January 3, 2012 § Leave a comment
So I just finished reading The Help. Terrific book. I f you haven’t read it yet, you should.
As I am reading it however, I can’t help wondering to myself, what did these women do all day? They have “the help” look after the cleaning, the cooking, the child care, the laundry, the baking, the ironing, the silver polishing (not that I have any of that to do, but still!) and any other need that may arise during the daily routine.
Of course, there is the fundraising through the women’s league, and the weekly bridge club that needs tending. And dreaming of new ways to further discriminate between themselves and “the help” seems to cause endless exhaustion for them. But as I compare daily life in this book compared to what the mothers in my circle accomplish nowadays, it is staggering to realize the differences in the times. (Note: it is not lost on me that as I type I am sampling from a delicious Rheo Thompson box generously bestowed during a visit with friends last night).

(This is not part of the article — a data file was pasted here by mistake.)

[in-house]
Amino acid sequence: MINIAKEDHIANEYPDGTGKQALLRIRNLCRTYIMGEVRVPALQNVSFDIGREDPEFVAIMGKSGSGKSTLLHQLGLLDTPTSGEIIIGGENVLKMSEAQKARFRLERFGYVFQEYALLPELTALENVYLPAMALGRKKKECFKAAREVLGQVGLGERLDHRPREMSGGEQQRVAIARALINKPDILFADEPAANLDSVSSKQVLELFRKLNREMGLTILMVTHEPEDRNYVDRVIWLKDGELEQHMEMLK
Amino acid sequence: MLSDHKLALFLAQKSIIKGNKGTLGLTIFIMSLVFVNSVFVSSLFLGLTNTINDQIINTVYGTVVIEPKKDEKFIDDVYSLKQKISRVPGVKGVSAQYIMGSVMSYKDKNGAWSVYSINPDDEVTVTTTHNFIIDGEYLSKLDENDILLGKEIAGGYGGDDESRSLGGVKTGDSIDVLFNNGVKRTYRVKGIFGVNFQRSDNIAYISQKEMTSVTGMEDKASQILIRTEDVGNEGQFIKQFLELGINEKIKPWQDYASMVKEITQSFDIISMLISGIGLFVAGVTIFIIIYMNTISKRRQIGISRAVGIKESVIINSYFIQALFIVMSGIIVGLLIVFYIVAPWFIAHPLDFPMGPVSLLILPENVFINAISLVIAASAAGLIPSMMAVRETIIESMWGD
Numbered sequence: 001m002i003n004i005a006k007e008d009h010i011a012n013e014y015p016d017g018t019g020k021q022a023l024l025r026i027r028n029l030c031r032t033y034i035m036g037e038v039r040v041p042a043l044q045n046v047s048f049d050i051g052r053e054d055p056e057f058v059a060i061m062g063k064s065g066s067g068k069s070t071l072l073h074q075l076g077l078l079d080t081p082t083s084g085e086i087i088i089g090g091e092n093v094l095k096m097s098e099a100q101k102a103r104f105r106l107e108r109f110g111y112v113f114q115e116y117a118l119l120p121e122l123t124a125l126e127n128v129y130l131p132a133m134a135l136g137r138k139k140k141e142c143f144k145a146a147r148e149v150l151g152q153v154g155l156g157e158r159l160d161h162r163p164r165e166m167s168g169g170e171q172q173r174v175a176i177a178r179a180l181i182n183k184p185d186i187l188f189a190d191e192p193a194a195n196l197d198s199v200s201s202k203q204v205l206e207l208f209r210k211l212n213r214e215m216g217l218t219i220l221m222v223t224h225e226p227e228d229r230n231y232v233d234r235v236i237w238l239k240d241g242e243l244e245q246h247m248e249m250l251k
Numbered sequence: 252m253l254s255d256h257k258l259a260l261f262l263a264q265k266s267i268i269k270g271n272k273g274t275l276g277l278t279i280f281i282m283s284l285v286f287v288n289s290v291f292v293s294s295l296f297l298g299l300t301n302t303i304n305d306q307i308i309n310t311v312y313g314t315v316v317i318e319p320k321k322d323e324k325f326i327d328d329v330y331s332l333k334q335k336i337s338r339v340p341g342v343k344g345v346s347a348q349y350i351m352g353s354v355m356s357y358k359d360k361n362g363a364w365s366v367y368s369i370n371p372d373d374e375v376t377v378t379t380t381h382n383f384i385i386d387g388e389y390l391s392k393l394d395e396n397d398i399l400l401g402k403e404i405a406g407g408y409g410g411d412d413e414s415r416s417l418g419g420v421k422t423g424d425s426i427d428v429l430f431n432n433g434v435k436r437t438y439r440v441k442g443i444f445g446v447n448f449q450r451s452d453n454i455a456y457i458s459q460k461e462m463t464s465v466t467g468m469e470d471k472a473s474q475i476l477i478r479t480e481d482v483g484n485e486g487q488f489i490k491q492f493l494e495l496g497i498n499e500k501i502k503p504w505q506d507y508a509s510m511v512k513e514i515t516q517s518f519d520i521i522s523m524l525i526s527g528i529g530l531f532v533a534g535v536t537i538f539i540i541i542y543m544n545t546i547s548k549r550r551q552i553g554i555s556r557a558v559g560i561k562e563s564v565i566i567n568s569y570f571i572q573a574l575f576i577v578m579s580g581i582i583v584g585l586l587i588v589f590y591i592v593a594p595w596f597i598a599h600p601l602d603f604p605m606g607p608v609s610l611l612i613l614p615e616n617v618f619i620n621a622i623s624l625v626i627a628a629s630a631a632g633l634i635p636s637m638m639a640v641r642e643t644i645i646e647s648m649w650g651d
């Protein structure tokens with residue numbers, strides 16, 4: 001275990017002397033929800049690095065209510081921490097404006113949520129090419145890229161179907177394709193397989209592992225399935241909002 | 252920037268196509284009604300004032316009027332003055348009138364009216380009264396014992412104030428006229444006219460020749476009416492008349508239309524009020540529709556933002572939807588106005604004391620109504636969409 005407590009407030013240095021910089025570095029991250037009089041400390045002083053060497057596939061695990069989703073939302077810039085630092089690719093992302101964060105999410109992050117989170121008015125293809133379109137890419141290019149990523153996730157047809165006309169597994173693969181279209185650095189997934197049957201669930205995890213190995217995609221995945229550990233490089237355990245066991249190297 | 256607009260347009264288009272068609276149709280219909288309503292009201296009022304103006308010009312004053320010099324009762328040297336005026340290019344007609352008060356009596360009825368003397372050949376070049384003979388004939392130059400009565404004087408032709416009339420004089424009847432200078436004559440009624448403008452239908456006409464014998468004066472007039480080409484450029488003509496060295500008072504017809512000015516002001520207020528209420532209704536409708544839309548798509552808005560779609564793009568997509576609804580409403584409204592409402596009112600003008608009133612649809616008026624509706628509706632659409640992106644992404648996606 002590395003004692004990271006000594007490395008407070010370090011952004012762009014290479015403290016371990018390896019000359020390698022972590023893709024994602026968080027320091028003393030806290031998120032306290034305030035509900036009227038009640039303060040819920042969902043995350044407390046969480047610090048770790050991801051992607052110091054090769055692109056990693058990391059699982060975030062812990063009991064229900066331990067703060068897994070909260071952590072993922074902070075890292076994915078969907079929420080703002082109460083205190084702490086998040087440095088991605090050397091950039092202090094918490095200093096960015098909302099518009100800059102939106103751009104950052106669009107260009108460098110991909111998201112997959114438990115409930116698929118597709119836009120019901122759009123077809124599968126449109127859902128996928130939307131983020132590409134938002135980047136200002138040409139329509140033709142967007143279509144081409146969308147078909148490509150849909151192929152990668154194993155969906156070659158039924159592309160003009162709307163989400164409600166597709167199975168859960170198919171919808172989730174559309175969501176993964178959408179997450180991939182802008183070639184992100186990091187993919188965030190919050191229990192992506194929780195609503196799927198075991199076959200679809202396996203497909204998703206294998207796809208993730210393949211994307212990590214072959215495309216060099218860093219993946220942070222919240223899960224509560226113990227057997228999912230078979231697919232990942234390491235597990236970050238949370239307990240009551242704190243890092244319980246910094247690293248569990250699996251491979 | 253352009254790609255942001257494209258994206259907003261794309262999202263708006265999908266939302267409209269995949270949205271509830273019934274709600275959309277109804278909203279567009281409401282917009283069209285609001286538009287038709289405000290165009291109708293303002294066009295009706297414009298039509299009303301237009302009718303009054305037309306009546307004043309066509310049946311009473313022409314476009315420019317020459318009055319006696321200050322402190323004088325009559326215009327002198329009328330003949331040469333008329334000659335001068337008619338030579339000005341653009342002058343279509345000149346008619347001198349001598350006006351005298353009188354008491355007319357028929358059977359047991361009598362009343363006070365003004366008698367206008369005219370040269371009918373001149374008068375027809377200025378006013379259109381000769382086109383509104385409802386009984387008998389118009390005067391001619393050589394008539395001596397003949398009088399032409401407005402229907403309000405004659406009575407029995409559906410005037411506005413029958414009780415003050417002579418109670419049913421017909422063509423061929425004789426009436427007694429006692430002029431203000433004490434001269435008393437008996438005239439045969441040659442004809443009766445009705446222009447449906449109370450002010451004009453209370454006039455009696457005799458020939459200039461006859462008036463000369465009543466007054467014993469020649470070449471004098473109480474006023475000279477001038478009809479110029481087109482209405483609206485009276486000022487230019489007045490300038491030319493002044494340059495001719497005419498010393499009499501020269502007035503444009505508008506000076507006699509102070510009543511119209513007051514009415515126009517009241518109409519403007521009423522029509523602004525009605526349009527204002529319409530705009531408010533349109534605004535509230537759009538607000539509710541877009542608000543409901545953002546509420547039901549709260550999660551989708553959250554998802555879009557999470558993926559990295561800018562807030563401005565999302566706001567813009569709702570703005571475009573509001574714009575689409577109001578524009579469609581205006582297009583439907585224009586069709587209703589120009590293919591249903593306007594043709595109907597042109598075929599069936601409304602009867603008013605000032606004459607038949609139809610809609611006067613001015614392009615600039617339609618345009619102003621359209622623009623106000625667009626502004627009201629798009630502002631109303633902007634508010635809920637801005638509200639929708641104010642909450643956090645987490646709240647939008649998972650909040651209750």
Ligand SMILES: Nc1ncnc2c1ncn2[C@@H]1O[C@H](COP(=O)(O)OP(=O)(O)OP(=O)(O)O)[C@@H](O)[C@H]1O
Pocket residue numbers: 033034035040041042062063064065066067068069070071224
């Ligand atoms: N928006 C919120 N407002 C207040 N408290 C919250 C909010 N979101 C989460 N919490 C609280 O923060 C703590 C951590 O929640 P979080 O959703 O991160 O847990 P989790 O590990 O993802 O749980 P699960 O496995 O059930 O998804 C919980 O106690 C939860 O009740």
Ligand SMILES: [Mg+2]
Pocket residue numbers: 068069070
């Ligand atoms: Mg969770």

I feel compelled to congratulate all my mother friends who, without “the help” run endless parenting marathons in the hopes of raising charming and well-rounded children, often while juggling a career, volunteer schedule, or children’s extra-curricular schedules, and putting nutritious meals on the table that dodge all the modern obesity- inducing, allergy-triggering, cancer-causing ingredients we become made aware of only after-the-fact.
Life was different back then; not to mention fraught with human rights tragedies that will bring you to tears. As I reach for another interesting looking flavour in my Rheo Thompson box and contemplate which household job against which I am procrastinating the most, I am grateful for the evolution of the times, I am hopeful for further evolution that will remedy the many human rights tragedies still being experienced, and I feel blessed for the opportunity to have read a book that provides such an authentic and compelling reminder of the value of everyday people.